Teak is one of the most treasured and durable materials for outdoor luxury furniture. Available in classic and modern styles, teak remains a go-to design element among contemporary manufacturers. This celebrated wood performs well in all environments and, with the right maintenance, can last a lifetime. Learn how to care for teak furniture so that you can protect your investment.
Properties of Teak
Teak is a deciduous hardwood tree from the highlands of Southeast Asia. It does not come from tropical rainforests. Teak wood has a naturally high oil content, which makes it both stable and resistant to rotting when exposed to climatic extremes. For centuries, this special quality has made teak wood the preferred choice for marine decking and construction and makes it the premium timber for outdoor furniture.
Where is Teak Grown?
Most of the teak products in our catalog is sustainably sourced from Indonesian government-owned working forests on the island of Java. Indonesian woodworkers take special care to verify teak forests are sustainably managed so that teak can be enjoyed by future generations.
What Is the Forest Stewardship Council™ (FSC™) ?
The Forest Stewardship Council™ is an international, non-profit association whose members include environmental and social groups, progressive forestry and timber-related companies. These parties are working together in order to improve forest management worldwide. The trademark of the FSC™ on a product indicates that the wood used to make it comes from a source that has been certified by the FSC™ as being well managed and meeting the environmental, social and economic standards that have been set by the FSC™. The FSC™ certificate is only granted to organizations following an annual audit to confirm their compliance with FSC™ standards. Our partners, such as Barlow Tyrie and Garpa, provide extensive documentation on the chain of custody for their teak. For further information, please visit www.fsc.org.
The Teak Weathering Process
Over the course of a few months in an outdoor environment, untreated teak will weather to a silver gray color. This is due to the action of sunlight. Keep light cushions away from teak furniture during this time period, as the oil can stain other objects during the weathering process. Many teak owners prize the timeless charm of this rustic patina, but should you prefer the original honey-gold color of new teak, Barlow Tyrie Teak Color Guard™, applied when the furniture is new or after cleaning, helps maintain the original finish by using pigment enhancers together with UV inhibitors to prevent the natural graying process.
Why Does New Teak Sometimes Have “Wild” Dark or Orange Stripes?
These markings are perfectly normal and will disappear within a few days, following exposure to the UV spectrum in natural sunlight. These marks often appear following the kilning process. BT uses this process to lower the moisture content of the timber prior to manufacture. Kilning reduces the incidence of small cracks that can appear in the furniture due to the changes in temperature and humidity encountered in an outdoor environment.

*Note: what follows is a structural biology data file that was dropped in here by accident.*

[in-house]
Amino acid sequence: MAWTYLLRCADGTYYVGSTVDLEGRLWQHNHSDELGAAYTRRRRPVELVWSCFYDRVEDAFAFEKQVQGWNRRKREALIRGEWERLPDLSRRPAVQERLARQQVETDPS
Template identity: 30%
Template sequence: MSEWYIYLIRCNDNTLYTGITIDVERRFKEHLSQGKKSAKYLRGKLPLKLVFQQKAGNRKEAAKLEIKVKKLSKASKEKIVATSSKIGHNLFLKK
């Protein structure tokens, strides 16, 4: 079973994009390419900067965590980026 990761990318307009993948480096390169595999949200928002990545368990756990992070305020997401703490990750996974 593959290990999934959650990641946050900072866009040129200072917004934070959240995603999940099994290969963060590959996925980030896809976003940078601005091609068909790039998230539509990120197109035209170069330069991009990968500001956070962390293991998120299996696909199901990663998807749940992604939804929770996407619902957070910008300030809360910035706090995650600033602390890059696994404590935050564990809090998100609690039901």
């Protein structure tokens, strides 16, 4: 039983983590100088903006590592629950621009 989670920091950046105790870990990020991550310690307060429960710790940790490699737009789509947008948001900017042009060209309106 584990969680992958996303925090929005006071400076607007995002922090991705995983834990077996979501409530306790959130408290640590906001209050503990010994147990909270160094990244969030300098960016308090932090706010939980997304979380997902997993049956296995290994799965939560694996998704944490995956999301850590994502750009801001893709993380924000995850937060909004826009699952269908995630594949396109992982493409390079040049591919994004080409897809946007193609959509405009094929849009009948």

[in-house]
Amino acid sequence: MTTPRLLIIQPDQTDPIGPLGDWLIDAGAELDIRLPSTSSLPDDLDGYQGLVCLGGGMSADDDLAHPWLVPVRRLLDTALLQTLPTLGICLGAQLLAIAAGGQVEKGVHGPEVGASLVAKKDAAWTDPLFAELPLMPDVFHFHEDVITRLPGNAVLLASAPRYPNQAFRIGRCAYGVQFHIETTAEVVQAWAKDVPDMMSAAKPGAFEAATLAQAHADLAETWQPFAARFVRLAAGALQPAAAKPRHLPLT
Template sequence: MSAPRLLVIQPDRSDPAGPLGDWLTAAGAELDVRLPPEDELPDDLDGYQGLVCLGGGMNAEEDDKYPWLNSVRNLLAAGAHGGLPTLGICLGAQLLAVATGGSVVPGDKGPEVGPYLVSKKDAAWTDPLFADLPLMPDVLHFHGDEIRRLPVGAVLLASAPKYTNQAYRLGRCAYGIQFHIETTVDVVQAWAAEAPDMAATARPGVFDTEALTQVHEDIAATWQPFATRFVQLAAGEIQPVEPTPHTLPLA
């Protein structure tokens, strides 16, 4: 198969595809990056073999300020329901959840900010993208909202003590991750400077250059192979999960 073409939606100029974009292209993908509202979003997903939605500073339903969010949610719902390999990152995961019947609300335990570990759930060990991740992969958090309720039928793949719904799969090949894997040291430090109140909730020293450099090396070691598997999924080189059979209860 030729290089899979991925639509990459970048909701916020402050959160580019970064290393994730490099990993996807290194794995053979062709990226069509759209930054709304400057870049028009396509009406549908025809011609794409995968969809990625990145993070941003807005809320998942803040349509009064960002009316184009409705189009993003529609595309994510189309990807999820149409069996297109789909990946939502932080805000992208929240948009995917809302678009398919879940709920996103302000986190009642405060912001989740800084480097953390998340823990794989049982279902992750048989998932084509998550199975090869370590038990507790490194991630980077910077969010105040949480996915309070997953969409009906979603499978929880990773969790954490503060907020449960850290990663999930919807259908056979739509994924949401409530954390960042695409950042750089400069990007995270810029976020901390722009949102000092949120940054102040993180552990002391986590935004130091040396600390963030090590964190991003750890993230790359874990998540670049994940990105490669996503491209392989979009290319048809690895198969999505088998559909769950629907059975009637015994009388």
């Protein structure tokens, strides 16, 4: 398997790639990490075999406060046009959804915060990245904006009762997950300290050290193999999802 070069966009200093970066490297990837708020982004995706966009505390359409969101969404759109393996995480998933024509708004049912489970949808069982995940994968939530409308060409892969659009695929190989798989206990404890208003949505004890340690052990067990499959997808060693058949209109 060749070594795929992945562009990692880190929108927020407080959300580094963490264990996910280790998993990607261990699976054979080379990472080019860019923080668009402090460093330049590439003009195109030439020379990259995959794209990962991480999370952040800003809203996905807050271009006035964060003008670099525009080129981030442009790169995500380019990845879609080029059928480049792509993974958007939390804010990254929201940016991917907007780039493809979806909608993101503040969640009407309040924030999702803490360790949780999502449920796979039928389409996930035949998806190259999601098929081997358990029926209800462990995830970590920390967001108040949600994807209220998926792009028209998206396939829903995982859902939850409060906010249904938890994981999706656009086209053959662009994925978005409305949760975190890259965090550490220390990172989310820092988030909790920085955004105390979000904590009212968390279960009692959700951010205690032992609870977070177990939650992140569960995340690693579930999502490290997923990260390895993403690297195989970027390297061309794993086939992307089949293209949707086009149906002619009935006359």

Why Do Cracks Occasionally Appear in My Teak Furniture?
Teak wood is a natural material. Fine cracks in the end grain of components, e.g. legs and arms, may appear due to changes in temperature, humidity and the consequent change in moisture content of the wood. This is normal, especially in heavier components. It will not affect the serviceability of your furniture.
How Do You Clean Teak?
Barlow Tyrie Teak Stain Guard™ forms an invisible layer to protect your teak furniture from everyday stains such as butter, oil and red wine, making the cleaning of accidental spills an easy task.
Check out this video tutorial from BT demonstrating just how easy it is to clean and restore teak to show quality, using just a scrub brush, cleaning solution, and a little bit of elbow grease.
Do I Need to Oil My Teak Furniture?
Treating with teak oil or other preservatives is not necessary. It will not extend the life of your furniture and is purely cosmetic. We do not recommend oiling your furniture.
What is Grade A Teak?
Grade A teak has been selected from the oil-dense heartwood of the tree and is closely examined for any defects such as knots or scarring. Logs are chosen possessing a thin sapwood layer which indicates the tree has a slower growth rate and thus, higher levels of oil density. Grade A teak is only harvested from trees that have reached full maturity, between 35-70 years old.
How Long Will My Teak Furniture Last?
It is not uncommon for properly maintained teak furniture to last decades, nor is it uncommon while walking in a park to encounter a distinguished grey teak memorial bench that dates back to the early 20th century. While teak furniture trends have evolved over time to incorporate modern metals and more lightweight Minimalist designs, BT still offers some models, like its classic London bench, that have remained virtually unchanged since their first catalog in the 1920’s. Thanks to this proud heritage, today it possible to sit back, relax, and enjoy a cool drink on a summer’s day in your garden, curled up in the spacious arms of a piece of living history.